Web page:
Interior Design Licensure About Reducing Competition, Raising Prices
A bipartisan package of bills in the Michigan Senate is poised to protect consumers from the tragedy of bad interior design. The legislation may or may not succeed in that, but it certainly will protect interior designers from the tragedy of more competition generating lower prices for consumers.
Specifically, Senate Bills 974 to 976, sponsored by Sen. Patti Birkholz, R-Holland, and Sen. Ray Basham, D-Taylor, would "impose licensure and regulation on interior designers, with annual license fees, at least six years of education and/or professional experience prerequisites, testing requirements to standards established by a board of incumbent designers, and more," according to MichiganVotes.org.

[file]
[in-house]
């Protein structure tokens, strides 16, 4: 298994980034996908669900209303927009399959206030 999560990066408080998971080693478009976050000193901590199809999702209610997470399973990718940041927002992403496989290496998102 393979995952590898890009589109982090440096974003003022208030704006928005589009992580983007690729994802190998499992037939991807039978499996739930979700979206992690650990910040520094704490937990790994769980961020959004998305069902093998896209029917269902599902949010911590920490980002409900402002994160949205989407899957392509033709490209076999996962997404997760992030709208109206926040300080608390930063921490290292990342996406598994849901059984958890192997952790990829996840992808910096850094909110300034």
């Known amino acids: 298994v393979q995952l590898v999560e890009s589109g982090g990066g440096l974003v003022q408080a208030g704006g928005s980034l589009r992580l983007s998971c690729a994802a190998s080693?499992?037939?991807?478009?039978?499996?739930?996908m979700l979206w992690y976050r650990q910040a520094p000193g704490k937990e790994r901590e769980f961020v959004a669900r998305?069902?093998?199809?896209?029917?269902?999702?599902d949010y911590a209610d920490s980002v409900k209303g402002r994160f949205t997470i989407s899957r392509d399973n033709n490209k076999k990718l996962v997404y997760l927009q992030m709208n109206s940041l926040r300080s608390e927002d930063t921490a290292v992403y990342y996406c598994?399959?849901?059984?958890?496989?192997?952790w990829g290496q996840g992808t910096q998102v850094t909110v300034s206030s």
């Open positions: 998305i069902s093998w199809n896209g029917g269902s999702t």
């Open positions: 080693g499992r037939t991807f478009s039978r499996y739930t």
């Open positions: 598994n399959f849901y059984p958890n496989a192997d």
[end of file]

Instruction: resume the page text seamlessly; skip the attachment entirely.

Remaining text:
If the bills pass — and I wouldn't bet against them — their supporters might want to postpone the celebrations until after a potential lawsuit, because the public interest law firm Institute for Justice has been racking up successes in overturning these anti-competitive laws. IJ describes the campaign for this legislation as "no isolated instance of rent-seeking — where existing businesses use government power to keep out newcomers — but ... instead part of an aggressive nationwide lobbying campaign by industry insiders whose avowed goal was to legislate potential competitors out of business."